ALBANY — Cornell and Harvard have met in the ECACHL championship game in three of the last four years. In the first two meetings between the long-time rivals, it took overtime to determine a champion.
March 19 was a different story.
Senior assistant captain Charlie Cook scored two power-play goals, and sophomore goaltender David McKee saved 17, as the No. 3 Red defeated the No. 8 Crimson, 3-1, at the Pepsi Arena to win its 11th Whitelaw Cup.
Cornell (25-4-3) extended its unbeaten streak to 18 games (17-0-1), and earned a two seed in the NCAA championships’ West Regional.
The Crimson (20-9-3), which reached its fourth consecutive final after beating Colgate in a double-overtime thriller the previous night, may have been affected a bit by fatigue.
“To be perfectly honest, it was a factor,” said first-year Harvard head coach Ted Donato. “How could it not be a factor?”
However, Harvard did draw first blood late in the first period. With Cornell freshman defenseman Sasha Pokulok serving a cross-checking penalty, the Crimson’s Dylan Reese scored from the left of Cornell goaltender David McKee at 18:23 in the period. The goal broke McKee’s shutout streak at 139:01. Winger Tom Cavanagh set up the goal for Reese, taking a hard slap shot on goal through a screen.
“The first period went the way we wanted, we frustrated them a little bit, we got a big goal,” Donato said. “I thought even though we got outshot a little bit we did the things we wanted to do.”
Though it didn’t score first, the Red remained in control of play as the pivotal second period began. Cornell kept the puck in Harvard’s defensive zone for much of the period, putting several strong shots on goal.
“Getting down one nothing our team never lost focus they stayed very focused on what they were trying to do tonight,” said Cornell head coach Mike Schafer ’86. “Everybody makes a big deal about us scoring the first goal … if we score first it doesn’t really make that much of a difference rather than, how are we going to play for the whole 60 minutes.”
Near the mid-way mark of the period, the Red broke through. Junior forward Daniel Pegoraro intercepted a puck in the Crimson defensive zone, just as he stepped out of the box after serving a two-minute minor for holding. Pegoraro commenced an odd-man rush with senior forward Paul Varteressian. As he skated in on net, Pegoraro passed to Varteressian to the right of Harvard goalie Dov Grumet-Morris. Grumet-Morris made a save on Varteressian’s shot, but was unable to freeze the puck, which trickled in under his leg at 9:35 in the period.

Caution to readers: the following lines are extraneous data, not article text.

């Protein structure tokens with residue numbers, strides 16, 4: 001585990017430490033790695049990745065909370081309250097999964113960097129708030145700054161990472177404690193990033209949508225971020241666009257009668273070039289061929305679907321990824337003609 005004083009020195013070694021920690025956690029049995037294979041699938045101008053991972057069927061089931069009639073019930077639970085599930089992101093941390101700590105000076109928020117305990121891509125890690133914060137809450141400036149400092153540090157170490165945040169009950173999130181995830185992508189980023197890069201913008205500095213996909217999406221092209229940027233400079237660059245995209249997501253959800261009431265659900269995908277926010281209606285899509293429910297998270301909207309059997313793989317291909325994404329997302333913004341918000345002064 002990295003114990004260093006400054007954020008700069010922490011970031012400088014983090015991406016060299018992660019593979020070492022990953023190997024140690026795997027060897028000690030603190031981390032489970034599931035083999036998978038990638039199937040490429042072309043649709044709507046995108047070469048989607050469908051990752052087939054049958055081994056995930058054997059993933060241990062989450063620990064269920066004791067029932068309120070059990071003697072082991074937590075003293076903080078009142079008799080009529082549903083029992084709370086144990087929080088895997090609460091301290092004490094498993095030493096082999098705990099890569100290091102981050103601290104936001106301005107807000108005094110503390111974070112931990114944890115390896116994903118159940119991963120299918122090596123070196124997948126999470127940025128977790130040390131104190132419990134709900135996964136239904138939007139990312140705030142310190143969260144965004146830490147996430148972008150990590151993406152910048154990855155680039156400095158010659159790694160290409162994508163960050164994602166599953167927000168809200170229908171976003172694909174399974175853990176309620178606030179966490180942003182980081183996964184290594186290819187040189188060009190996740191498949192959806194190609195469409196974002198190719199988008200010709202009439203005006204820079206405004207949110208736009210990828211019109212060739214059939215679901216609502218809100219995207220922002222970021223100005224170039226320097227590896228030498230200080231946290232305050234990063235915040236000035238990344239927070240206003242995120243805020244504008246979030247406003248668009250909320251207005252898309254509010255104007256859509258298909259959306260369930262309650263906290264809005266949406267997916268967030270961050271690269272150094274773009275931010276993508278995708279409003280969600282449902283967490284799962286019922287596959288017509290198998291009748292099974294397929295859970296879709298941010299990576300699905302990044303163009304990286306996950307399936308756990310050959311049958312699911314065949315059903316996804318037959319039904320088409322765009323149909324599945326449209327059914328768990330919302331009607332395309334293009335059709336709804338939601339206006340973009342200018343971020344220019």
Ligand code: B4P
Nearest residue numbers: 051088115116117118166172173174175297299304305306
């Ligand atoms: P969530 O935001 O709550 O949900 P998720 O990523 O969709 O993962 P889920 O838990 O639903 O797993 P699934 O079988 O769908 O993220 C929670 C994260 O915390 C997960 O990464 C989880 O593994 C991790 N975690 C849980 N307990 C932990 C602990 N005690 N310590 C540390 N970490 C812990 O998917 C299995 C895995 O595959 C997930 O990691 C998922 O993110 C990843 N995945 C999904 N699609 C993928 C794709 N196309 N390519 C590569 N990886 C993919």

“I was fortunate enough to get to [Pegoraro’s] shot,” Varteressian said. “I was out of gas but you don’t get many opportunities to take a 2-on-1, so I jumped in there and I just went as hard as I could to the net.”
Fifty-five seconds later, the Red took its first lead of the game. With the Crimson’s Tyler Magura in the penalty box for hooking, the vaunted Cornell power play cycled the puck in the Harvard defensive zone. Excellent rotation by the first power play unit of Cook, freshman Topher Scott, sophomore Byron Bitz and juniors Matt Moulson and Shane Hynes allowed Cook an opening from the high point. Cook took advantage, firing a rocket that Grumet-Morris had absolutely no chance on. Moulson and Scott were credited with assists.
Cook gave the Red breathing room at 6:35 in the third period, when he scored his second power play goal of the game. As Cornell’s power play unit cycled the puck around the Harvard goal, Moulson passed to Cook on the edge of the right faceoff circle. Cook blasted the puck on net, beating Grumet-Morris again. Senior captain Mike Knoepfli also assisted on the play.
“I didn’t [see the shots]. They’re a very good power play … they did an excellent job of executing at the top of their umbrella,” Grumet-Morris said. “Cook put two good shots on net that found the back [of the net].”
It was Cook’s second career two-goal game. His first came during his freshman season, on March 15, 2002 in an ECAC tournament semifinal game against Rensselaer that the Red won, 3-0.
“It kind of goes to show what kind of team we have,” Cook said. “All year we’ve had different guys step up at different times. If you look at the stats, Moulson obviously has the most goals. Tonight I think the key was they respected Moulson and the first power play they shut us down, we stood still, but once Topher Scott and Matt Moulson were able to move around, it opened up seams and I had a clear lane into the net.”
As the clock wound down, Harvard had several excellent scoring chances, all of which were turned away by McKee. With about seven minutes remaining in the game and Harvard on a power play, the Crimson peppered McKee with several shots from just outside the crease. At one point, McKee appeared to be drawn away from the net, allowing Harvard’s Dan Murphy an open shot on goal. However, McKee was able to cover the puck with his body.
“Mitch Carefoot did a great job of holding the guy’s stick,” McKee said. “I think he was getting slashed, unless it would have been a great rebound for [Murphy.]”
Through the ECAC tournament, McKee allowed a record-tying three goals. He matched the mark set by St. Lawrence’s Paul Cohen in 1989.
Cook was named the ECAC tournament’s most outstanding player, and was joined on the all-tournament team by Moulson, Pegoraro and McKee.
Archived article by Owen Bochner
Sun Senior Writer